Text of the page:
Legal Updates

An active manager in a company that entered liquidation may be personally liable for all its debts

January 10, 2019

A liquidator of a food marketing company demanded that a manager and shareholder in the company pay the company over ILS 11 million, which he claimed to have been withdrawn for a transaction entered into to save the company and before the company collapsed.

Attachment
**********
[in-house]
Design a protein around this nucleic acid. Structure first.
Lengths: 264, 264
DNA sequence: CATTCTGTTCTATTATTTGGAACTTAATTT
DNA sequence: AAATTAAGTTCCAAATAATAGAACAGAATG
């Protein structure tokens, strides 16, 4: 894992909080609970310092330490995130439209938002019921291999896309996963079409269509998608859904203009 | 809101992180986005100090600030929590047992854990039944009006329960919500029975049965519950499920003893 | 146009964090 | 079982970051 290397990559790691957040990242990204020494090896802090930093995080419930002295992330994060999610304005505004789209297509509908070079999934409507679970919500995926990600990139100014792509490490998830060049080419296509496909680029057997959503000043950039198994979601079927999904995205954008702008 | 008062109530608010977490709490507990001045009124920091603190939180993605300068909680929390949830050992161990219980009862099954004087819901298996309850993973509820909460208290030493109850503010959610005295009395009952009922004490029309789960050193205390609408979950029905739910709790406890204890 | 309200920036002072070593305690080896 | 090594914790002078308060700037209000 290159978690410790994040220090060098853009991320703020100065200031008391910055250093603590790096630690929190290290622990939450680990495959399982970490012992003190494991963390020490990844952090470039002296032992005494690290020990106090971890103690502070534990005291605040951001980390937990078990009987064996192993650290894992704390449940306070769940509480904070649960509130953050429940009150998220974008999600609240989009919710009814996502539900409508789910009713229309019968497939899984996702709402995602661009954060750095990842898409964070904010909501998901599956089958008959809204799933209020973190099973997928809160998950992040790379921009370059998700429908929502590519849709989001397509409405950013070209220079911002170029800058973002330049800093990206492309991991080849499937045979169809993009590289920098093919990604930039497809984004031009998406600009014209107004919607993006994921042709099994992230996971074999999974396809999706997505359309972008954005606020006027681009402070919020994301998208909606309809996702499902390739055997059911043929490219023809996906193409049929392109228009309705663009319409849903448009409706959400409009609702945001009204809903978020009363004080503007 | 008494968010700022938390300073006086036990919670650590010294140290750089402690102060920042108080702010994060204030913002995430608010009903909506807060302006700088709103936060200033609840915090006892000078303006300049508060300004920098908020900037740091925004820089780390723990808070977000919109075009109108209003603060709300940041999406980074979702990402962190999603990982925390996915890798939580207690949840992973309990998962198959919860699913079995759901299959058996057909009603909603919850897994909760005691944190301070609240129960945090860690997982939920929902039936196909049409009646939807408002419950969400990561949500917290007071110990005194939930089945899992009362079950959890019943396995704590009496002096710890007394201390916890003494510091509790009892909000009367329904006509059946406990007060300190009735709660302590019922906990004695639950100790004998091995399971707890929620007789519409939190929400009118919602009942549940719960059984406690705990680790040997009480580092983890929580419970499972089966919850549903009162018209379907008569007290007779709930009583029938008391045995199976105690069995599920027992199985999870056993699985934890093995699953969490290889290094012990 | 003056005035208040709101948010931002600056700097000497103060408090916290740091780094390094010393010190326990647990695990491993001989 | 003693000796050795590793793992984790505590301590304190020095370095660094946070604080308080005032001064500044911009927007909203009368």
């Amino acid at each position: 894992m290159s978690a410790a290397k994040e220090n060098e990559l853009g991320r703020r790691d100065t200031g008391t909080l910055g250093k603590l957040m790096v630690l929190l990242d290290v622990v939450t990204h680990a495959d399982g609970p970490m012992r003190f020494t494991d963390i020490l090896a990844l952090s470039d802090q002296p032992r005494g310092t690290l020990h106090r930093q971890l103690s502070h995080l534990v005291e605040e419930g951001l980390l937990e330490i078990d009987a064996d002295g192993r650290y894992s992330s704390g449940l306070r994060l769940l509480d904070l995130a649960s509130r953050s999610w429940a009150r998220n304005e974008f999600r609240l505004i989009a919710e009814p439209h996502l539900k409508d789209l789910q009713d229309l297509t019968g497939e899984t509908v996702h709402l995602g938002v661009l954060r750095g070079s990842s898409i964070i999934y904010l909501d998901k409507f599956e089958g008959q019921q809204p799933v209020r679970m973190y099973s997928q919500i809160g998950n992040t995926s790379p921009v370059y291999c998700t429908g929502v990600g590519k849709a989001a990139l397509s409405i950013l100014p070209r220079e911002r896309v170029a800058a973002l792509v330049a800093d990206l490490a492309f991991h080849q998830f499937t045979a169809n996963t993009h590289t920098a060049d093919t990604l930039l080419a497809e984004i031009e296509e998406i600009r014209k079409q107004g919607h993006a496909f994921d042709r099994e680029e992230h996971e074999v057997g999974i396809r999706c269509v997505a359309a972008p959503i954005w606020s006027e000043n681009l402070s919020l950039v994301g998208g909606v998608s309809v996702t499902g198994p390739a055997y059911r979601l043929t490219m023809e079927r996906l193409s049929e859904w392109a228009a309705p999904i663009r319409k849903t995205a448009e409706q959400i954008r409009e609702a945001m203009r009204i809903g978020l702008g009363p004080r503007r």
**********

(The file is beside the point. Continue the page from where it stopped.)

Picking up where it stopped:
The Court held that the manager is responsible for all the debts of the company and is also obligated to repay about ILS 9.5 million.  When a company enters liquidation proceedings and it becomes clear that the company acted fraudulently, even if the fraud did not cause the company to collapse, officers of the company who knowingly participated in the management of the business may be personally liable to pay third parties debts of the company and obligated to repay funds to the company. The definition of the term "fraud" is very broad and includes not only the diverting of assets, but also any situation in which an officer acted to promote his personal interest, including the repayment of the debts of the company for which the officer is a guarantor for the purpose of releasing him from his debt at the expense of the other creditors; preference of creditors in which the officer has a personal interest, and transfer of company assets (prior to the commencement of liquidation proceedings, when the company owes creditors money) to another company controlled by the officer without consideration or for partial consideration. Here the manager made withdrawals from the company’s account to a new account he opened and from which he then withdrew money in cash and the conduct therefore causes him to personally owe the company's debts and return money to it.